Businessman examining papers at tableFor many of us, working from home is the new norm as we deal with the outbreak of Covid-19. While this means that creature comforts are delightfully close, access to printers, scanners or the boss’s wet ink signature may be difficult to come by, leaving some wondering how to properly execute contracts and deeds. In this blog, we set out tips for closing the deal when traditional methods of signing and witnessing agreements are not possible.

Valid execution of contracts

Is putting pen to paper a struggle? No problemo – signing simple contracts electronically is usually valid under English law, provided the essential elements of a contract are present (these are: offer and acceptance, consideration, certainty of terms and an intention by the parties to be legally bound).

A simple contract is one that does not pertain to the sale or other disposition of land, or where legislative or case law restrictions apply. The rules are more stringent here, so do reach out if you are unsure as to whether electronic signatures are appropriate.  Also, if the party you are contracting with is located overseas, or your contract is not governed by English law, it is important to check that, in the applicable jurisdiction, an instrument signed electronically will be legally recognised and enforceable. Our colleagues report on the difficulties on electronic execution of documents under Czech or Slovak law, for example.

Examples of electronic signatures include typing your name, affixing a JPEG image of your ink signature or using a trustworthy e-signing platform. Not all electronic signatures are created equal, with some carrying more evidential weight than others. For instance, a JPEG of your handwritten signature will be more resilient to fraud than typing your name into the signatory block of an agreement. Reputable e-signing platforms also use fraud prevention technology and issue completion certificates at the end of the signing process.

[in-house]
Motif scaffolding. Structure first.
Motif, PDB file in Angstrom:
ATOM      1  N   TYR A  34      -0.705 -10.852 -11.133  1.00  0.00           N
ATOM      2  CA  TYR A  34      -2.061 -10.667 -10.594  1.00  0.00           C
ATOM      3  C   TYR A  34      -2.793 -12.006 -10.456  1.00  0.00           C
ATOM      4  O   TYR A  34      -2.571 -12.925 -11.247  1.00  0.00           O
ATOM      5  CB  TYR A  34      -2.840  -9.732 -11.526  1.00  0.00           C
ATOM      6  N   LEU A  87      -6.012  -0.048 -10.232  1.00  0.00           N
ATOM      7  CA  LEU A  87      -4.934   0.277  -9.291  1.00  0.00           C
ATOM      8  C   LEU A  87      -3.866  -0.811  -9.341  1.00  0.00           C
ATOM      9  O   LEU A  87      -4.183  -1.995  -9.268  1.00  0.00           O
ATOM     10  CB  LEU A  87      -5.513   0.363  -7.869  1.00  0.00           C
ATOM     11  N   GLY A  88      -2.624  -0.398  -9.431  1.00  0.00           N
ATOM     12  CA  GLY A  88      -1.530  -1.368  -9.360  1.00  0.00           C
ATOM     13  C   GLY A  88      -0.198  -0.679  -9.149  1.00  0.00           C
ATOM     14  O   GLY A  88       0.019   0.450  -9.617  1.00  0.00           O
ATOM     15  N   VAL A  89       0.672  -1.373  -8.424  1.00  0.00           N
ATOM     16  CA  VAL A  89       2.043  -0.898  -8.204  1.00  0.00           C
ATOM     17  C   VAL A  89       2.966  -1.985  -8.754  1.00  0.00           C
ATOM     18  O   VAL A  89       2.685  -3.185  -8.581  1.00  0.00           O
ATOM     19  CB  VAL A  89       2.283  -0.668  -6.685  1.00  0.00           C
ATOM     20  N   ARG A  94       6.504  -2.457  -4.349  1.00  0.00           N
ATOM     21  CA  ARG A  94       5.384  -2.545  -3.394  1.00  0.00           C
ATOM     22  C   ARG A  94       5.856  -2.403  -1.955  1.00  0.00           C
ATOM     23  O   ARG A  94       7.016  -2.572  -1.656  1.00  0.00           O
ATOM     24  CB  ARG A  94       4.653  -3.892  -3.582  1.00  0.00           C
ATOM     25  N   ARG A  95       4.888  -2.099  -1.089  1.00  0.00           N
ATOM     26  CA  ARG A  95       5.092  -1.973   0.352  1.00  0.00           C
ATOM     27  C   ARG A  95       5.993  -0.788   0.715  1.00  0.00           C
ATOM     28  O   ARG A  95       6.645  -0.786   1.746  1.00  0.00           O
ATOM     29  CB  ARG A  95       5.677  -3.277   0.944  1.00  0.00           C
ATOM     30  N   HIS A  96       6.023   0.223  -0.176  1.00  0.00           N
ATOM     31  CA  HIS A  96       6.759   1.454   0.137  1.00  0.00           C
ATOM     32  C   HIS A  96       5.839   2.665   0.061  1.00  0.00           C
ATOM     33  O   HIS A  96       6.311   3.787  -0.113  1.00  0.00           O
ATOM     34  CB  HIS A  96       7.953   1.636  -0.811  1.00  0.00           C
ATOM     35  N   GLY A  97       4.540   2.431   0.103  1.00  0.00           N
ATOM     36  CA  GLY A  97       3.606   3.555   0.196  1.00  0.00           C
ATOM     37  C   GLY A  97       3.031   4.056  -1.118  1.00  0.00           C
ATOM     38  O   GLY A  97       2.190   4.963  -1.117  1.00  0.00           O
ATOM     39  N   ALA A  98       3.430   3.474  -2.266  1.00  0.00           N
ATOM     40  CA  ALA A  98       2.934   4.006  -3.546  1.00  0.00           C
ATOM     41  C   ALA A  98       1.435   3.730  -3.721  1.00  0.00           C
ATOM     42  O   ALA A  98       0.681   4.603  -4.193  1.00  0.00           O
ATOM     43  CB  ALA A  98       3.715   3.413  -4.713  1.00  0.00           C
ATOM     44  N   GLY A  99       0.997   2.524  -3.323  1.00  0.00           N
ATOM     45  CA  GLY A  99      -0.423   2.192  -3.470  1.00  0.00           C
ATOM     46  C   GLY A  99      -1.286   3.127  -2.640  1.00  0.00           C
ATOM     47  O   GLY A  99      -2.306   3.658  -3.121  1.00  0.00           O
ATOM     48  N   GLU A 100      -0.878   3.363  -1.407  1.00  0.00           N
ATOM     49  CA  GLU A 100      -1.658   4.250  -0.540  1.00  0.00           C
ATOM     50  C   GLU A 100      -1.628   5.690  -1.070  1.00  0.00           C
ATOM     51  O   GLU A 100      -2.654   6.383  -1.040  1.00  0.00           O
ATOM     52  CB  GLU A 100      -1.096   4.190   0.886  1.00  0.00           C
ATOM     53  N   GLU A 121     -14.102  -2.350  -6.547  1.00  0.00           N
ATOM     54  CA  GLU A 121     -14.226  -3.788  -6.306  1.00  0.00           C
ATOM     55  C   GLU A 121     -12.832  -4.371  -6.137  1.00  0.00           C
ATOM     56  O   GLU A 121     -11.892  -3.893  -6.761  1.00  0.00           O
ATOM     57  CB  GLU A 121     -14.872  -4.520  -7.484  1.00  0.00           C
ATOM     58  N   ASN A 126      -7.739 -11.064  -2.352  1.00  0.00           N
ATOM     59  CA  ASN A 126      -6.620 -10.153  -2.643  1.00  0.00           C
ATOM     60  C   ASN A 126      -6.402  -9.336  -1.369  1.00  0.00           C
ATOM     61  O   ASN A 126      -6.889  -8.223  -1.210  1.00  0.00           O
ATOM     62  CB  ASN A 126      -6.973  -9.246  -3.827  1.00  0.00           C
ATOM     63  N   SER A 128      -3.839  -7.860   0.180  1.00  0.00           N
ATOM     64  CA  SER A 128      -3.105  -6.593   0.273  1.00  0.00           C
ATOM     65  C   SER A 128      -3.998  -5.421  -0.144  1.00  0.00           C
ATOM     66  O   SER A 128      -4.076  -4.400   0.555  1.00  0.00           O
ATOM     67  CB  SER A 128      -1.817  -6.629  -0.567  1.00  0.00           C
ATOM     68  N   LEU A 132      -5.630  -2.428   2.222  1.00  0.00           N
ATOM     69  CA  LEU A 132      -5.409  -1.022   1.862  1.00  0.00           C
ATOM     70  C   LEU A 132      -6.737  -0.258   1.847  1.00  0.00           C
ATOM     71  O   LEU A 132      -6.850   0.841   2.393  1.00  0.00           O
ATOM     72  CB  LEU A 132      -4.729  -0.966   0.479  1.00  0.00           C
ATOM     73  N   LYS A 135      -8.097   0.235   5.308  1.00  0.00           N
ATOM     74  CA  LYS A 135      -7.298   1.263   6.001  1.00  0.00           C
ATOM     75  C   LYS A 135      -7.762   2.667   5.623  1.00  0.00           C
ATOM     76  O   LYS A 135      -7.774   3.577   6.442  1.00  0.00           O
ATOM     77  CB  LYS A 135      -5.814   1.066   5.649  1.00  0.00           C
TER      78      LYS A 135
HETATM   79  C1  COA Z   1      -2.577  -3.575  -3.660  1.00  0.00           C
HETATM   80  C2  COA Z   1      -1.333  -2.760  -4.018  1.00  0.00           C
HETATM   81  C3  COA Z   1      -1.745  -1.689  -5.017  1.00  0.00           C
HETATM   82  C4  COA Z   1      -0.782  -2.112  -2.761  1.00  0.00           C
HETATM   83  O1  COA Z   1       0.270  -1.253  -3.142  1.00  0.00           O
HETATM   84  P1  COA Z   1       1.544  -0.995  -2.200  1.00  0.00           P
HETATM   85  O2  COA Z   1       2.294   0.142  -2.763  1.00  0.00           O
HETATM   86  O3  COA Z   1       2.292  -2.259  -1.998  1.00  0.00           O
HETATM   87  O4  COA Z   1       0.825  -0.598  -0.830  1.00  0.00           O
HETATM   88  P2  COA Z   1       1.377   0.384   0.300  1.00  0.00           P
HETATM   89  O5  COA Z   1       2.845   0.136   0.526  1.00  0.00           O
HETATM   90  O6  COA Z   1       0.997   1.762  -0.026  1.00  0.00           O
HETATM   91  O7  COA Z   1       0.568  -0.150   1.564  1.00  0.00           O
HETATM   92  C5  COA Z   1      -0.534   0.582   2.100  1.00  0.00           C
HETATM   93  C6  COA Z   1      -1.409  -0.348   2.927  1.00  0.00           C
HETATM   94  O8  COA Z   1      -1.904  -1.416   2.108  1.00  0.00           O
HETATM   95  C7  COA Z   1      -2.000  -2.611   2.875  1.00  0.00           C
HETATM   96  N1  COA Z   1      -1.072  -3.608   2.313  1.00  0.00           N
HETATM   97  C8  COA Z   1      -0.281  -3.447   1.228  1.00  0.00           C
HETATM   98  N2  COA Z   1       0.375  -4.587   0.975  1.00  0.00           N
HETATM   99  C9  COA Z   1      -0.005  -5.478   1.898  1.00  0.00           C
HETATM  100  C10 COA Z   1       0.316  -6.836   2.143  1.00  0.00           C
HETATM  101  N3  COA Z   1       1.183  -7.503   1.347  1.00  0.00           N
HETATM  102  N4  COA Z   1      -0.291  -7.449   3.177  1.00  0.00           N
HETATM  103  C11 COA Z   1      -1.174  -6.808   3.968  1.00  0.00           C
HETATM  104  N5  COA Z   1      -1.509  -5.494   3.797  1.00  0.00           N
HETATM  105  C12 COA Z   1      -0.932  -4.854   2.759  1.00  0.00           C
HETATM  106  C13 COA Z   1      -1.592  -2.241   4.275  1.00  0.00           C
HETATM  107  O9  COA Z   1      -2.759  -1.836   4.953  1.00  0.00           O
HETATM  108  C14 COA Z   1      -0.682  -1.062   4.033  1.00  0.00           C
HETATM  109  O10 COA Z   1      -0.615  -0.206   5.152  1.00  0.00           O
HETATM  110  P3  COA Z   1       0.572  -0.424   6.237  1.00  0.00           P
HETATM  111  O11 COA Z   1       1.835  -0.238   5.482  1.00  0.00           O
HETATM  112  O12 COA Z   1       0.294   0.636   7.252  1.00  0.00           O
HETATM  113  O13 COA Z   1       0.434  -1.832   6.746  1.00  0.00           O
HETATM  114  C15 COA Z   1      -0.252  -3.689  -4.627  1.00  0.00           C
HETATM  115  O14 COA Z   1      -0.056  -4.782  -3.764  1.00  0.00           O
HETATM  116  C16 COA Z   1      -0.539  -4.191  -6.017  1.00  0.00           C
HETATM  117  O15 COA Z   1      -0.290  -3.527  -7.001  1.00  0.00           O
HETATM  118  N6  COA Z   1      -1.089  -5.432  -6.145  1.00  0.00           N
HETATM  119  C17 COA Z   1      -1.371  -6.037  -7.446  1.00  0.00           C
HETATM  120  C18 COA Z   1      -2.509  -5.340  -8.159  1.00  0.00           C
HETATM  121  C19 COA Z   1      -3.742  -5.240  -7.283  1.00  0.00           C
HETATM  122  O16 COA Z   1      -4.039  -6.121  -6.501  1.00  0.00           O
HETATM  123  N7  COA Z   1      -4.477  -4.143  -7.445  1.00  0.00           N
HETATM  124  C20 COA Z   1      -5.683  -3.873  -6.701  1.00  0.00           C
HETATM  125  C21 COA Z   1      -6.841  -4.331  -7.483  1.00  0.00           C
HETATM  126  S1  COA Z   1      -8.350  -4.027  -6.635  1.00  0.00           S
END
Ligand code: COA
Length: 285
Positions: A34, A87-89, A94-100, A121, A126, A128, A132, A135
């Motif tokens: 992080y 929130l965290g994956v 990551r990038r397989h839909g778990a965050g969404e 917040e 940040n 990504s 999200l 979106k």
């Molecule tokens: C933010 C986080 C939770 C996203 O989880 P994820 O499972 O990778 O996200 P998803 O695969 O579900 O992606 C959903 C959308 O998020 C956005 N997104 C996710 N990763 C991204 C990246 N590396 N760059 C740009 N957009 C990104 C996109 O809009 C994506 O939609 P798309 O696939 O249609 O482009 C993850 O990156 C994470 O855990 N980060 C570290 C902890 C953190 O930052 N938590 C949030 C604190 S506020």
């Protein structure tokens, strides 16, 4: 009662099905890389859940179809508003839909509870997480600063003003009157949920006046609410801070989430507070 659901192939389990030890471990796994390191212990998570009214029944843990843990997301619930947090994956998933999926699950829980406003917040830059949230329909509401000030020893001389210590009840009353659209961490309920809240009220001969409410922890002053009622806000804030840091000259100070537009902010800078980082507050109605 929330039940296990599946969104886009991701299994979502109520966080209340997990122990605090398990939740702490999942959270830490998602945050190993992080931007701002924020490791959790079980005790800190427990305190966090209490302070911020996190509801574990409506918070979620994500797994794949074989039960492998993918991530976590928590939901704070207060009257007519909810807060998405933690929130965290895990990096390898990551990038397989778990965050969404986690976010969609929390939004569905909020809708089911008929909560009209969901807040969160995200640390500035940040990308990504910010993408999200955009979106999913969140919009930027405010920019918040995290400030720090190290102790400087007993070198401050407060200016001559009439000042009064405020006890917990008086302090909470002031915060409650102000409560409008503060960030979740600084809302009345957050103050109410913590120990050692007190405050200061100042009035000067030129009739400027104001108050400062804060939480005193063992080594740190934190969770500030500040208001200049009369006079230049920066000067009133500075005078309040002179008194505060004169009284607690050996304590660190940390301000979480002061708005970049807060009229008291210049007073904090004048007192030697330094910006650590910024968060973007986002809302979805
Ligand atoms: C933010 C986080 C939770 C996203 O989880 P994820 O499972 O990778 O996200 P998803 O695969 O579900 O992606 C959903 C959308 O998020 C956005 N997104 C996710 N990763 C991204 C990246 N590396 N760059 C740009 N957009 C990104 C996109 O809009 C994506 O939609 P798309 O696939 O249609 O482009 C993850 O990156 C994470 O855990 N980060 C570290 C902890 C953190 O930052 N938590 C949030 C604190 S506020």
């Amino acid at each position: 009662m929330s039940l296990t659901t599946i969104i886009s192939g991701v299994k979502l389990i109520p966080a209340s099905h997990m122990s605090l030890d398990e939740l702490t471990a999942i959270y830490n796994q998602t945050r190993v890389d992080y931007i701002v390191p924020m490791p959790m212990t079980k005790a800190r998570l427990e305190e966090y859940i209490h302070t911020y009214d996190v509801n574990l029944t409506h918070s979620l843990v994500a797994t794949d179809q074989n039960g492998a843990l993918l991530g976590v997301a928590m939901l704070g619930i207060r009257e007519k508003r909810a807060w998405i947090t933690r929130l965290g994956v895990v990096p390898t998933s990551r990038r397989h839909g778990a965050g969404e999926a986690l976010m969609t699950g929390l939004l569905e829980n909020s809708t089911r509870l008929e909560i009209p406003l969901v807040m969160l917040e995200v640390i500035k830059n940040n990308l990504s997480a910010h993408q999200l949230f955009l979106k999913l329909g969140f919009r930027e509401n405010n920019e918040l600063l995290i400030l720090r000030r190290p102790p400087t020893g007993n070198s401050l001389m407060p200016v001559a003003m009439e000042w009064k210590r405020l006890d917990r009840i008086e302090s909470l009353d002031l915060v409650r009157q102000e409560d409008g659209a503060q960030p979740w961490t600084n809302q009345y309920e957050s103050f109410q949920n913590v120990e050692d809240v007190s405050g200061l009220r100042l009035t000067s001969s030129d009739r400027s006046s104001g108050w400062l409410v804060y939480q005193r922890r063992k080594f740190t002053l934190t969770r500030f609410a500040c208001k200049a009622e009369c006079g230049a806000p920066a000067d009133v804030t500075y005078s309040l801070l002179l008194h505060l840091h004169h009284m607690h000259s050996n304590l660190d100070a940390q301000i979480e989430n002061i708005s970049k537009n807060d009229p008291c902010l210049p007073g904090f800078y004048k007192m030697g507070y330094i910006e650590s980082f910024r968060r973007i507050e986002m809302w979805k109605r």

We have a lot on our plates these days, so if signatures are in the ‘too hard’ basket, the default position under English law is that a contract can be finalised without any signature, for example, orally, through conduct or by email. The first two options carry risks from an evidence and dispute perspective. However, it is not unusual for parties to close a deal by exchanging emails. This will be sufficient so long as the essential elements of a contract are all there (see above). Please also remember to keep a record of the email correspondence and ensure that the emails reflect certainty of contractual terms and an intention to be bound.

Do think carefully before doing away with signing and writing; there are a number of transactions where these formalities are required by the law. For example, assignments of certain intellectual property rights including copyright must be signed (e-signing will do) and be in writing.

Signing and witnessing of deeds

Deeds can also be signed electronically. However, the law requires deeds to be signed in front of a witness, who is physically present (virtual witnessing is not sufficient). Social distancing and travel restrictions make this a sticky one.

Some get-arounds to consider are: (i) converting the deed into a contract by requiring payment of consideration (this can be a very small amount, for example £1); (ii) having someone you live with witness the deed (although perhaps your only option during Covid, a witness should ideally be independent in the event that they are called to provide unbiased testimony that the document was executed properly); (iii) witnessing while practising social distancing e.g. at least two meters apart, outdoors or separated by a transparent protective barrier; and (iv) if an English company is party to the deed, having two directors, or one director and a company secretary, sign the document (in which case the requirement for witnessing falls away).

If you have any questions about getting the deal done, do not hesitate to contact Carlton Daniel.